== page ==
We may not be able to remove these monuments from public view, but we can work on how people view these men and the Confederacy. The root of the issue with Confederate monuments is not really the monuments themselves. The root is our fear about the monuments feeding into Lost Cause or Neo-Confederacy ideologies. Instead of targeting the monuments, we should be targeting the ideology. This starts by providing knowledge. Many cities have begun erecting interpretive plaques to go along with monuments, giving a more holistic story of the subject. This is a great approach not only to Confederate Memory, but to history in general. It allows us, as a people, to remove our romantic notions of the past and understand people and events for what they were. Those who demonize Confederate leaders need to understand that their lives were filled with more than just their roles in the Civil War. Those who iconize these men need to see that they did make mistakes. We can’t fully put aside lingering Civil War tensions until we face our past in its entirety, and these monuments can be the beginning of that journey.

What do all of you think? What should we do with these monuments and other symbols of Confederate Memory?


Begley, Michael. Battle of Liberty Place Monument. November 1, 2010. New Orleans. Wikimedia Commons. Accessed May 1, 2017.

Blackwell, William. Robert E. Lee Monument (New Orleans, Louisiana). November 17, 2015. New Orleans. Wikimedia Commons. Accessed May 1, 2017.

Chadwick, Gordon. “The Battle of Liberty Place Monument.” New Orleans Historical. Accessed May 2, 2017.

Wootson, Cleve R. “After a lost court battle, New Orleans protesters launch last-ditch effort to protect Confederate monuments.” The Washington Post. April 30, 2017. Accessed May 01, 2017.

Gallorini, Marguerite. “Charlottesville Votes to Sell Lee Statue, But Debate Continues.” WMRA and WEMC. April 19, 2017. Accessed May 01, 2017.

Herbert/AP, Gerald. “New Orleans Pulls Down a Monument to Post–Civil War White Terrorism.” Daily Intelligencer. April 25, 2017. Accessed May 01, 2017.

Holmberg, Mark. “Why Monument Avenue is safe as other cities remove Civil War statues.” WTVR. April 28, 2017. Accessed May 01, 2017.

New Orleans takes down prominent Confederate monument.” Fox News. April 24, 2017. Accessed May 01, 2017.

Thompson, Kathleen Logothetis. “Editorial: Removing Confederate Memory: How Far is Too Far?” Civil Discourse. October 15, 2015. Accessed May 01, 2017.

Victor, Daniel. “New Orleans City Council Votes to Remove Confederate Monuments.” The New York Times. December 17, 2015. Accessed May 01, 2017.

12 thoughts on “Confederate Memory”

  1. “We vote on taxes, why not on monuments?” Taxes affect everyone, the civil war monuments issue does not. Was the initial installation of these monuments voted on?

    1. I would argue that civil war monuments affect everyone in the town they exist in. These are the people who see the monuments everyday and face many of the effects, positive or negative, that go along with those monuments. Some monuments were voted on when they were installed, especially those installed on public land. The White League monument that is getting removed now was originally put to a vote when it was first installed. Unfortunately, it was a different time and the residents of New Orleans voted in favor (most of these voters were white and it was a time of extreme racism). However, later residents voted to change the white supremacist plaque because they realized it sent the wrong message to the world about New Orleans. So in some cases, not all, people did vote on the installation of monuments and then on later renovations to them.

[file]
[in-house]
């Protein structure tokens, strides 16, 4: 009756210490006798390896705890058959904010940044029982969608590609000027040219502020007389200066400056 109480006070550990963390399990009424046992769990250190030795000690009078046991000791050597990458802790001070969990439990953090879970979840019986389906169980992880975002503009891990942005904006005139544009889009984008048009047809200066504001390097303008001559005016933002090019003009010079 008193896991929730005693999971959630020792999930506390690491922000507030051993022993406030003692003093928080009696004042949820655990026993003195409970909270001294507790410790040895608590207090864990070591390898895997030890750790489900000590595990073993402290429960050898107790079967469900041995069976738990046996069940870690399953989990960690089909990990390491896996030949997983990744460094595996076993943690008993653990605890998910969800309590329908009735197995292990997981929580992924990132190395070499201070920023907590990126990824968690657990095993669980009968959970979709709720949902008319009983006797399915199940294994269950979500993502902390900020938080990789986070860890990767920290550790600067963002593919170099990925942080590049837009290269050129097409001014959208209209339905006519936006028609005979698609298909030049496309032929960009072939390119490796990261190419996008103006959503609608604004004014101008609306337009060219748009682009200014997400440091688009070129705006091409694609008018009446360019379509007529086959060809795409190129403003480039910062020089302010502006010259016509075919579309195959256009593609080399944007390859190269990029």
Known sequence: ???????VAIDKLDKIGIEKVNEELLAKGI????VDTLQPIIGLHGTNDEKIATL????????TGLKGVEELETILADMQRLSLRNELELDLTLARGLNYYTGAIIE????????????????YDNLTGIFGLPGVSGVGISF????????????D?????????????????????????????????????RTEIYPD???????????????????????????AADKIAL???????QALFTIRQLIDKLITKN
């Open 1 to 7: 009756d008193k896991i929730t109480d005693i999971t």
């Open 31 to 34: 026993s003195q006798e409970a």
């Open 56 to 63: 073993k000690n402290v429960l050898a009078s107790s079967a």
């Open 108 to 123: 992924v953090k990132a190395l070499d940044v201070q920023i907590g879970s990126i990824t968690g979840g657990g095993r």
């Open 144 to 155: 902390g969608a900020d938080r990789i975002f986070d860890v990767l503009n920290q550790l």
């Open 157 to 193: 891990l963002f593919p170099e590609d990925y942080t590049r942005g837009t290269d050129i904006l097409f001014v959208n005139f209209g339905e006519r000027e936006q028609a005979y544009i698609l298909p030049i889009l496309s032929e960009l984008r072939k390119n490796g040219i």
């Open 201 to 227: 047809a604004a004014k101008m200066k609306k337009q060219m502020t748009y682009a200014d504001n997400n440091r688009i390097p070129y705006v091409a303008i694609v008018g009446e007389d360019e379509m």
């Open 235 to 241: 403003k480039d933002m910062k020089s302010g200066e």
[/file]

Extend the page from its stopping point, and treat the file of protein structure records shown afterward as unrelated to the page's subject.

2. The discussion surrounding removal of Confederate monuments tends to fall into two somewhat-related fallacies. The first is the idea that removing these monument is literally the same as attempting to erase their subjects from history. This is of course laughably untrue. The historical record is not being rewritten, and indeed those advocating for the removal of such monuments are most likely those who remember the entirety of these figures’ history. Removal is not historical erasure but rather a rejection of these topics as worthy of memorialization and public reverence. The second fallacy, which fuels the first, is that there can be such a thing as an innocuous or inoffensive Confederate monument. Contrary to the thoughts expressed here, every Confederate monument is by definition explicitly racist and contrary to the values of the United States. The Confederacy was founded for the sole purpose of defending the existence of slavery, as has been made abundantly clear in its own primary sources and by the entire modern historical community. In the occasion for its secession, the Confederacy also belied its inherent opposition to the principals of democracy itself, as leaving a democracy due to losing an election is anathema to the very idea of democracy. Confederate monuments therefore by their nature honor those who attempted to sabotage the fundamental principles of our country in order to preserve their ability to oppress other human beings. As such, they certainly do not deserve any kind of commemoration.